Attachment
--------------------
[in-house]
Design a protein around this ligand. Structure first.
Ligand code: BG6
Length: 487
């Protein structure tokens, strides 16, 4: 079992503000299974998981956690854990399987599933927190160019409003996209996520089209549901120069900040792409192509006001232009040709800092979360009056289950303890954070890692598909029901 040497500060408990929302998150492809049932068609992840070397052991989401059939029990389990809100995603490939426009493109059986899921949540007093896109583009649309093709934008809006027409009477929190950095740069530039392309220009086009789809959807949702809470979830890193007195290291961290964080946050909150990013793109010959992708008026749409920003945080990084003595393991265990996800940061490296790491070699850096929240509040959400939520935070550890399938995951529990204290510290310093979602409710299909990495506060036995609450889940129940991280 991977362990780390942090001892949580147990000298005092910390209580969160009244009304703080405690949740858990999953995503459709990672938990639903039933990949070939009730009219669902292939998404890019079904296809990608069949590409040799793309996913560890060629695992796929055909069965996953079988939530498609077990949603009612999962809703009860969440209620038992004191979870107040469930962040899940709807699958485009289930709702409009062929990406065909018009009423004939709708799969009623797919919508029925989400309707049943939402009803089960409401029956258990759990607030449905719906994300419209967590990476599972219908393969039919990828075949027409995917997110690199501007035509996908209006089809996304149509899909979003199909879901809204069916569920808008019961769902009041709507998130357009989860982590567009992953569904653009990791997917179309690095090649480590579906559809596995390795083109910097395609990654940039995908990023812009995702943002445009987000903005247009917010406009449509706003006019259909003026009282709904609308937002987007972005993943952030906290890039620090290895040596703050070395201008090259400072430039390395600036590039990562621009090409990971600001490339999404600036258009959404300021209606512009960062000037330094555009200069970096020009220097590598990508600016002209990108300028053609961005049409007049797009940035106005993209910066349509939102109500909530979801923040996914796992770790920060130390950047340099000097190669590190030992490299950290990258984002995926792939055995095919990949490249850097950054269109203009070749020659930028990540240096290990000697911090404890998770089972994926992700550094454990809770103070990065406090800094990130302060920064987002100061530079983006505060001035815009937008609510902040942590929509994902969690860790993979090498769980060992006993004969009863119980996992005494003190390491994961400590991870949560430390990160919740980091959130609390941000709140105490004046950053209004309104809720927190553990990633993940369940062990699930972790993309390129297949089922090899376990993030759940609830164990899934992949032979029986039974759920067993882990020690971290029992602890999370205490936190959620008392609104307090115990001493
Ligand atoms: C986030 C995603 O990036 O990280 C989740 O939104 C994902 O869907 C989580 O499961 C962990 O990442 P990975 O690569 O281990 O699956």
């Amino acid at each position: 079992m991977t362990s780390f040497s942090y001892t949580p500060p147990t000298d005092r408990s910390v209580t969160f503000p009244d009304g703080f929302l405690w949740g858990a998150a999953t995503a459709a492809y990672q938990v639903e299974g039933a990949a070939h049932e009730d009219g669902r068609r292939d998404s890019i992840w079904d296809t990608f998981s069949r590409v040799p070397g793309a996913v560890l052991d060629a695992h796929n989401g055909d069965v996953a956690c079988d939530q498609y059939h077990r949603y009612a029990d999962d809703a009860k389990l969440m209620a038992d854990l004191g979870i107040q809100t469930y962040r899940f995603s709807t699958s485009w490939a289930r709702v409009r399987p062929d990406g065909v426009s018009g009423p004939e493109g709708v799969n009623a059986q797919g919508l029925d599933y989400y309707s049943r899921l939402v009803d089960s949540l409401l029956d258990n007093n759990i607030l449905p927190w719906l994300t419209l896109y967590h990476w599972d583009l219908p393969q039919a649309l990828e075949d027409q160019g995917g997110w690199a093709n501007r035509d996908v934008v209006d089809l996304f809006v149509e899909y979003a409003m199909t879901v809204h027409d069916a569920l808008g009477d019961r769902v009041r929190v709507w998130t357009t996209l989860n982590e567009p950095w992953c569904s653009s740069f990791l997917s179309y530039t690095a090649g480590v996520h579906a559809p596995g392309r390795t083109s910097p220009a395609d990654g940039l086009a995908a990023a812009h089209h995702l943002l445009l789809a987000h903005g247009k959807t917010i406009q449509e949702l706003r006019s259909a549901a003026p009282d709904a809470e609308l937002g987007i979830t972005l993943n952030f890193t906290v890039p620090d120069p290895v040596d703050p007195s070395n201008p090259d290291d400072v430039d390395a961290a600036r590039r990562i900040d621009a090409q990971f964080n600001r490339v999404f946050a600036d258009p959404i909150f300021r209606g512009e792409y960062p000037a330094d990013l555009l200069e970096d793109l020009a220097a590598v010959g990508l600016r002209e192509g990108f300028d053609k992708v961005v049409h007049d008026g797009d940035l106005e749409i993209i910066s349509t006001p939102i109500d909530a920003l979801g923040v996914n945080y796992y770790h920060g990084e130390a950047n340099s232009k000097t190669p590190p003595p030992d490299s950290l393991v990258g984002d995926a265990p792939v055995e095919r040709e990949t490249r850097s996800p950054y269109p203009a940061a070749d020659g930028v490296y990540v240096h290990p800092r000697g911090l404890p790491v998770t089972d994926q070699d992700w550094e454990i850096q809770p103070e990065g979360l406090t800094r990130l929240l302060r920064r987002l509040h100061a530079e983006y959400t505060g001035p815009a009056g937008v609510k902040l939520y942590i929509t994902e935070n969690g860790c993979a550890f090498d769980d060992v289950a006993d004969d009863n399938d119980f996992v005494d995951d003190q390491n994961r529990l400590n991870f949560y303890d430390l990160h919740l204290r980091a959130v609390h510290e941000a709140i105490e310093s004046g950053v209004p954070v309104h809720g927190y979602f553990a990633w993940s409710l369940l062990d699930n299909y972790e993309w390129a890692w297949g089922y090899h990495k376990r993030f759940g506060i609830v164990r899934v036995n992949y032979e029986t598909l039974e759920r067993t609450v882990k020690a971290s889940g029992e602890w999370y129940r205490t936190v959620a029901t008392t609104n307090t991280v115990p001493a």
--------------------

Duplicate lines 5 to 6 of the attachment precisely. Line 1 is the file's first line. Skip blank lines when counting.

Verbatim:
């Protein structure tokens, strides 16, 4: 079992503000299974998981956690854990399987599933927190160019409003996209996520089209549901120069900040792409192509006001232009040709800092979360009056289950303890954070890692598909029901 040497500060408990929302998150492809049932068609992840070397052991989401059939029990389990809100995603490939426009493109059986899921949540007093896109583009649309093709934008809006027409009477929190950095740069530039392309220009086009789809959807949702809470979830890193007195290291961290964080946050909150990013793109010959992708008026749409920003945080990084003595393991265990996800940061490296790491070699850096929240509040959400939520935070550890399938995951529990204290510290310093979602409710299909990495506060036995609450889940129940991280 991977362990780390942090001892949580147990000298005092910390209580969160009244009304703080405690949740858990999953995503459709990672938990639903039933990949070939009730009219669902292939998404890019079904296809990608069949590409040799793309996913560890060629695992796929055909069965996953079988939530498609077990949603009612999962809703009860969440209620038992004191979870107040469930962040899940709807699958485009289930709702409009062929990406065909018009009423004939709708799969009623797919919508029925989400309707049943939402009803089960409401029956258990759990607030449905719906994300419209967590990476599972219908393969039919990828075949027409995917997110690199501007035509996908209006089809996304149509899909979003199909879901809204069916569920808008019961769902009041709507998130357009989860982590567009992953569904653009990791997917179309690095090649480590579906559809596995390795083109910097395609990654940039995908990023812009995702943002445009987000903005247009917010406009449509706003006019259909003026009282709904609308937002987007972005993943952030906290890039620090290895040596703050070395201008090259400072430039390395600036590039990562621009090409990971600001490339999404600036258009959404300021209606512009960062000037330094555009200069970096020009220097590598990508600016002209990108300028053609961005049409007049797009940035106005993209910066349509939102109500909530979801923040996914796992770790920060130390950047340099000097190669590190030992490299950290990258984002995926792939055995095919990949490249850097950054269109203009070749020659930028990540240096290990000697911090404890998770089972994926992700550094454990809770103070990065406090800094990130302060920064987002100061530079983006505060001035815009937008609510902040942590929509994902969690860790993979090498769980060992006993004969009863119980996992005494003190390491994961400590991870949560430390990160919740980091959130609390941000709140105490004046950053209004309104809720927190553990990633993940369940062990699930972790993309390129297949089922090899376990993030759940609830164990899934992949032979029986039974759920067993882990020690971290029992602890999370205490936190959620008392609104307090115990001493
Ligand atoms: C986030 C995603 O990036 O990280 C989740 O939104 C994902 O869907 C989580 O499961 C962990 O990442 P990975 O690569 O281990 O699956």